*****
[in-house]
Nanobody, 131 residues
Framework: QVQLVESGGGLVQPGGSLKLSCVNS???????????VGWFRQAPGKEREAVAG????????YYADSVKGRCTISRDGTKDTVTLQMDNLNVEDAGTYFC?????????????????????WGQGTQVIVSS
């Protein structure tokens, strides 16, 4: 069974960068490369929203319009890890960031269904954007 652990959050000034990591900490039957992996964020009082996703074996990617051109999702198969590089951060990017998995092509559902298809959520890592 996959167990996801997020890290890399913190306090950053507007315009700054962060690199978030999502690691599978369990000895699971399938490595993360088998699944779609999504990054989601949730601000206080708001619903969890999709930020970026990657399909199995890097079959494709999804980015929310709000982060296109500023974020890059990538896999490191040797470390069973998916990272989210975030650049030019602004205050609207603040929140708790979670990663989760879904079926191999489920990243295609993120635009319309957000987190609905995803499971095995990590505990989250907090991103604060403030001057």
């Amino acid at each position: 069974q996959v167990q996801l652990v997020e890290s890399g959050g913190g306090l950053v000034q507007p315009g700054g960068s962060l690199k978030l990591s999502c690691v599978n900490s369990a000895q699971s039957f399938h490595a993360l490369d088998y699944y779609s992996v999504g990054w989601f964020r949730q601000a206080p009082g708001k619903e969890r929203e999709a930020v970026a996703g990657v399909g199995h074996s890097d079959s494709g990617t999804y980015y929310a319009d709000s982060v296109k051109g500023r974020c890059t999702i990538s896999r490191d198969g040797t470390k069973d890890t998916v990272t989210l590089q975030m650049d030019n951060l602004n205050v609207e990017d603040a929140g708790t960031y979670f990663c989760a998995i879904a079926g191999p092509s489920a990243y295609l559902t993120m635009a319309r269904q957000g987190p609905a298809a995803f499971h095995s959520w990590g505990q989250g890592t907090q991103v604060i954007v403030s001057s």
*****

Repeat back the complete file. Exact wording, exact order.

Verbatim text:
[in-house]
Nanobody, 131 residues
Framework: QVQLVESGGGLVQPGGSLKLSCVNS???????????VGWFRQAPGKEREAVAG????????YYADSVKGRCTISRDGTKDTVTLQMDNLNVEDAGTYFC?????????????????????WGQGTQVIVSS
């Protein structure tokens, strides 16, 4: 069974960068490369929203319009890890960031269904954007 652990959050000034990591900490039957992996964020009082996703074996990617051109999702198969590089951060990017998995092509559902298809959520890592 996959167990996801997020890290890399913190306090950053507007315009700054962060690199978030999502690691599978369990000895699971399938490595993360088998699944779609999504990054989601949730601000206080708001619903969890999709930020970026990657399909199995890097079959494709999804980015929310709000982060296109500023974020890059990538896999490191040797470390069973998916990272989210975030650049030019602004205050609207603040929140708790979670990663989760879904079926191999489920990243295609993120635009319309957000987190609905995803499971095995990590505990989250907090991103604060403030001057």
């Amino acid at each position: 069974q996959v167990q996801l652990v997020e890290s890399g959050g913190g306090l950053v000034q507007p315009g700054g960068s962060l690199k978030l990591s999502c690691v599978n900490s369990a000895q699971s039957f399938h490595a993360l490369d088998y699944y779609s992996v999504g990054w989601f964020r949730q601000a206080p009082g708001k619903e969890r929203e999709a930020v970026a996703g990657v399909g199995h074996s890097d079959s494709g990617t999804y980015y929310a319009d709000s982060v296109k051109g500023r974020c890059t999702i990538s896999r490191d198969g040797t470390k069973d890890t998916v990272t989210l590089q975030m650049d030019n951060l602004n205050v609207e990017d603040a929140g708790t960031y979670f990663c989760a998995i879904a079926g191999p092509s489920a990243y295609l559902t993120m635009a319309r269904q957000g987190p609905a298809a995803f499971h095995s959520w990590g505990q989250g890592t907090q991103v604060i954007v403030s001057s």